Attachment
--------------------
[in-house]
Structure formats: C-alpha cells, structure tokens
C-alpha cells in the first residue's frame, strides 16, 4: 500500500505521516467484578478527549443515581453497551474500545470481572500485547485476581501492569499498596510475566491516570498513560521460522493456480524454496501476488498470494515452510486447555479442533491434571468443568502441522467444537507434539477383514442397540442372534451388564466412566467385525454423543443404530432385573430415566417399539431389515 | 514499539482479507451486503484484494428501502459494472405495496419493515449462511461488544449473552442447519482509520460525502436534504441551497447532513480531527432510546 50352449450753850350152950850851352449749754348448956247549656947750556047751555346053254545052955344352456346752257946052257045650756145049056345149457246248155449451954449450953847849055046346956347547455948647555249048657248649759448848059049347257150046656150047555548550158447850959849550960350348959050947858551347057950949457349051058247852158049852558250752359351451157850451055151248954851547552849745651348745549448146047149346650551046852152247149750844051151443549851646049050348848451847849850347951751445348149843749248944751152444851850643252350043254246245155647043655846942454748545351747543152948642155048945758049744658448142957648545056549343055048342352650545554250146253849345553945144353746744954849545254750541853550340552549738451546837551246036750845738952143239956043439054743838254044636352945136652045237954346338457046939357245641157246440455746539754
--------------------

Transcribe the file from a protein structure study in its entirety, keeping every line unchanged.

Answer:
[in-house]
Structure formats: C-alpha cells, structure tokens
C-alpha cells in the first residue's frame, strides 16, 4: 500500500505521516467484578478527549443515581453497551474500545470481572500485547485476581501492569499498596510475566491516570498513560521460522493456480524454496501476488498470494515452510486447555479442533491434571468443568502441522467444537507434539477383514442397540442372534451388564466412566467385525454423543443404530432385573430415566417399539431389515 | 514499539482479507451486503484484494428501502459494472405495496419493515449462511461488544449473552442447519482509520460525502436534504441551497447532513480531527432510546 50352449450753850350152950850851352449749754348448956247549656947750556047751555346053254545052955344352456346752257946052257045650756145049056345149457246248155449451954449450953847849055046346956347547455948647555249048657248649759448848059049347257150046656150047555548550158447850959849550960350348959050947858551347057950949457349051058247852158049852558250752359351451157850451055151248954851547552849745651348745549448146047149346650551046852152247149750844051151443549851646049050348848451847849850347951751445348149843749248944751152444851850643252350043254246245155647043655846942454748545351747543152948642155048945758049744658448142957648545056549343055048342352650545554250146253849345553945144353746744954849545254750541853550340552549738451546837551246036750845738952143239956043439054743838254044636352945136652045237954346338457046939357245641157246440455746539754